ST. LOUIS -- It took four years of frustration and agony, but the St. Louis Blues finally laid claim to a Stanley Cup Playoff series victory.
And in doing so, they dethroned the defending Stanley Cup champion Chicago Blackhawks and won the Western Conference First Round in an epic seven-game series.
The Blues had not won a playoff series since defeating the San Jose Sharks in five games in the first round in 2012, losing four straight series since, including the past three years in the first round.
Here are five reasons the Blues advanced to the second round:
1. Overcoming adversity: The Blues had to bounce back from a Game 2 loss in which they thought they took a lead late in the third period, saw a challenge and video review overturn a Vladimir Tarasenko goal, and had a challenge and video review of their own fail in what turned out to be Andrew Shaw's go-ahead goal.
In Game 4, the Blues trailed 2-1 late in the second period after rookie Robby Fabbri was called for goalie interference on Corey Crawford, and Chicago's Duncan Keith scored on the power play. But instead of wilting, the Blues scored three goals and took a 3-1 series lead.
Video: STL@CHI, Gm4: Tarasenko sparks Blues with two goals
"That was a good hockey series," Blues defenseman Alex Pietrangelo said. "... It's a step in the right direction."
2. Brian Elliott: The Blues goalie was given the keys to the car unequivocally for the first time, and the veteran delivered and outperformed two-time Stanley Cup champion Crawford.
Elliott faced more shots in the series, and what was most crucial to his play was his penchant for quality rebound control when the Blackhawks would try to take his eyes away with bodies in front of him.
"He's been standing on his head all series," Pietrangelo said.
Video: CHI@STL, Gm7: Elliott snares Kane's attempt
Elliott was 4-3 with a 2.40 goals-against average and .929 save percentage; he stopped 236 of 254 shots in the series.
"I'm trying to be the rock for the guys back there," Elliott said. "Let them do their work and give them a chance every night. Going forward here, that's our goal."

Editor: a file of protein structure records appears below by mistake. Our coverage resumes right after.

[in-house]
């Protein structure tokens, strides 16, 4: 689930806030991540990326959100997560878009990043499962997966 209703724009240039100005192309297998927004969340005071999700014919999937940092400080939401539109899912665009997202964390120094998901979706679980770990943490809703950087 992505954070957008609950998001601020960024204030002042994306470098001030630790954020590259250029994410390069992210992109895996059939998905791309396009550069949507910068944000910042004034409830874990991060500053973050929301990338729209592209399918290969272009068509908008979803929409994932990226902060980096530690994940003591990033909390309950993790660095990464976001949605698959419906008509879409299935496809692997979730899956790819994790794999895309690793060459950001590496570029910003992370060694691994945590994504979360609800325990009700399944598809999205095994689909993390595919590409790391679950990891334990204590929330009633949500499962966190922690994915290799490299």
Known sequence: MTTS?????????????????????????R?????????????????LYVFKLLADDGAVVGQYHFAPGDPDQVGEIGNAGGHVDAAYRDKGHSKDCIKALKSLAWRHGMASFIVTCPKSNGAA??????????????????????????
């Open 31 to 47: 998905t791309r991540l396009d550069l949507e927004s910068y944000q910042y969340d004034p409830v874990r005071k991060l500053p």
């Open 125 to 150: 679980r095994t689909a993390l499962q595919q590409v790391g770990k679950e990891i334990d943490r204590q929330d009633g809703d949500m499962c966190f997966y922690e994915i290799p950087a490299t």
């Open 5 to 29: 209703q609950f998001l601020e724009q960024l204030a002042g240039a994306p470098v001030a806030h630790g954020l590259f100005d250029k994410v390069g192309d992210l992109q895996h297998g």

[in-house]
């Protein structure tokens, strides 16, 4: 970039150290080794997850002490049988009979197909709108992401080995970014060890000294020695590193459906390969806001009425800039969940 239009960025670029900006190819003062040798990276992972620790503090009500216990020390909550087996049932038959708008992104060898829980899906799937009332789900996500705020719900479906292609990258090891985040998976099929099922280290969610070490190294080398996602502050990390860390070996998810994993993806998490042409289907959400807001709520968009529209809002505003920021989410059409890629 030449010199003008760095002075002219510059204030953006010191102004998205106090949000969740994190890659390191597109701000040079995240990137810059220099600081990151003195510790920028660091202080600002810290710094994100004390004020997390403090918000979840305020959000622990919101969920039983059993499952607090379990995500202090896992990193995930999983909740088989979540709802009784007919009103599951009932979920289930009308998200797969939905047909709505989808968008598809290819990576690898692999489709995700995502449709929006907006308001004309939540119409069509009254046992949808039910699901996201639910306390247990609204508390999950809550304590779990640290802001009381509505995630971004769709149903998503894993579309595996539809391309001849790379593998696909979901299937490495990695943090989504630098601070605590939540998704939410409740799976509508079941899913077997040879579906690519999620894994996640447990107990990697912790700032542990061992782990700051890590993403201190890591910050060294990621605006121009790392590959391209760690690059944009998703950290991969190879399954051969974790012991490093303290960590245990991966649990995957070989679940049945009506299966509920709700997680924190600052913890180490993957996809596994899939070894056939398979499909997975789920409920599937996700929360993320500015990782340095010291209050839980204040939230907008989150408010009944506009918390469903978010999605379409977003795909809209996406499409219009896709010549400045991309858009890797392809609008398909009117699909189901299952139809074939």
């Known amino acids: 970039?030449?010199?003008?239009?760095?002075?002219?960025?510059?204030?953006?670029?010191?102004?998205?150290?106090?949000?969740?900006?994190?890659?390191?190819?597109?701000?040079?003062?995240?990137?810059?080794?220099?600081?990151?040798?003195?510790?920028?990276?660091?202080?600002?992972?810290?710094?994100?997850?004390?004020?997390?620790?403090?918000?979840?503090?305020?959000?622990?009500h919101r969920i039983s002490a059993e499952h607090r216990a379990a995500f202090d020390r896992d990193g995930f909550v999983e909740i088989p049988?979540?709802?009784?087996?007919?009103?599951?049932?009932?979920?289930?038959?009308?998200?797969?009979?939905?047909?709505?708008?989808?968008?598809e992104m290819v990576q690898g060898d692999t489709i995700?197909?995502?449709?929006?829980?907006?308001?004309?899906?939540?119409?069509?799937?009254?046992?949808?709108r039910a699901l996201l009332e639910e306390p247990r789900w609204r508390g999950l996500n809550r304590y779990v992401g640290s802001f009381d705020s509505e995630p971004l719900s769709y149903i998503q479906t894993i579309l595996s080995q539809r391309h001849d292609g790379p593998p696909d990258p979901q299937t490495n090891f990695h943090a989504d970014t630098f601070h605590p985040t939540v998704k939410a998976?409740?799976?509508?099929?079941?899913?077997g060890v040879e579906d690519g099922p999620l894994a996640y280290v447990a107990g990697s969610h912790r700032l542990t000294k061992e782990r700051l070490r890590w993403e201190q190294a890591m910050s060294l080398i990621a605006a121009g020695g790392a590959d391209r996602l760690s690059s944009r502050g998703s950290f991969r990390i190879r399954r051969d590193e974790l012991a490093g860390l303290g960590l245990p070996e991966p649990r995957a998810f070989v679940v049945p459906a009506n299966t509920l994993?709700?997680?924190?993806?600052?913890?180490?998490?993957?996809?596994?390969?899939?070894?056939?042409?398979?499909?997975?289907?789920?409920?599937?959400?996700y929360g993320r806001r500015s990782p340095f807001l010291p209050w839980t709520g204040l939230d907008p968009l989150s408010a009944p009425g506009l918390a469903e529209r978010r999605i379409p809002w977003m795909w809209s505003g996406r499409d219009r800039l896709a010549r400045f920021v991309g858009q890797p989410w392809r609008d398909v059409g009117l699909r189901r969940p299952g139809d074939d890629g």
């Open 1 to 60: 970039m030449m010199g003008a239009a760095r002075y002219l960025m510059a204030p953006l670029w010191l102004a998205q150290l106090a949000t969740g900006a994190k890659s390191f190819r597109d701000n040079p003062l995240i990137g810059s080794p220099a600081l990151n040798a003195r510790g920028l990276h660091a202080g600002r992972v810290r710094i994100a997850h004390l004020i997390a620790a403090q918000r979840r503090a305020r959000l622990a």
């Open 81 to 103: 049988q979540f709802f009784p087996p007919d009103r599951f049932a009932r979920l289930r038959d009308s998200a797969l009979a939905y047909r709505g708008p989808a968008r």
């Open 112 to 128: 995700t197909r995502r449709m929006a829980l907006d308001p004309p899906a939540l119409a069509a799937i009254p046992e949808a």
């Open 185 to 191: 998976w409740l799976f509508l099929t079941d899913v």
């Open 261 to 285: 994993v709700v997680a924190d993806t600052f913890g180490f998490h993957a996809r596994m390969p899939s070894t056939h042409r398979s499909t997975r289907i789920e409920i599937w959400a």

3. Vlad's on their side: Tarasenko led the Blues with 40 goals this season, including plenty of damage to the Blackhawks, and that trend continued in the first round.
Tarasenko had nine goals in 12 games against the Blackhawks during the regular season and playoffs combined, and provided St. Louis with a penchant for the big shot when needed, leading the Blues with four goals in the series.
"He's a really competitive player who loves the stage, loves the moment, loves to be part of the team," Blues coach Ken Hitchcock said. "It's not surprising in big games during the regular season and big games in playoffs that he's a good player."
4. Shutdown mode: Blackhawks forwards Patrick Kane, who had 46 goals and a League-leading 106 points, and Jonathan Toews (28 goals) were limited to one goal in the series, a game-winner from Kane in double overtime of Game 5.
The Blues implemented a plan to limit their production.
"Yeah, it's been tough," said Blues center Paul Stastny, whose line drew the majority of the assignments. "It's a challenge. ... You've got to play a different game against those guys. You've got to be aware, try to make them play as much defense as possible. At the same time, they're good players, they're going to get their chances too. So you've got to play defense yourself.
"It's been fun, it's been a good challenge."
Video: CHI@STL, Gm7: Parayko rings it in off the post
5. Rookie play: Fabbri and defenseman Colton Parayko made quite an impact in their first playoff series, along with defenseman Joel Edmundson.
Fabbri set up Troy Brouwer's Game 7 goal, the game-winner, and finished with five points in the series. Parayko, the first Blues defenseman to score a goal in a Game 7, had two goals in the series and made an impact at both ends of the ice.
"Game 7 experience is like gold," Hitchcock said. "I thought they all played very well. They all played with composure, which is a good sign. They're all going to grow because of this. They've been important for us all year. I don't see that changing now."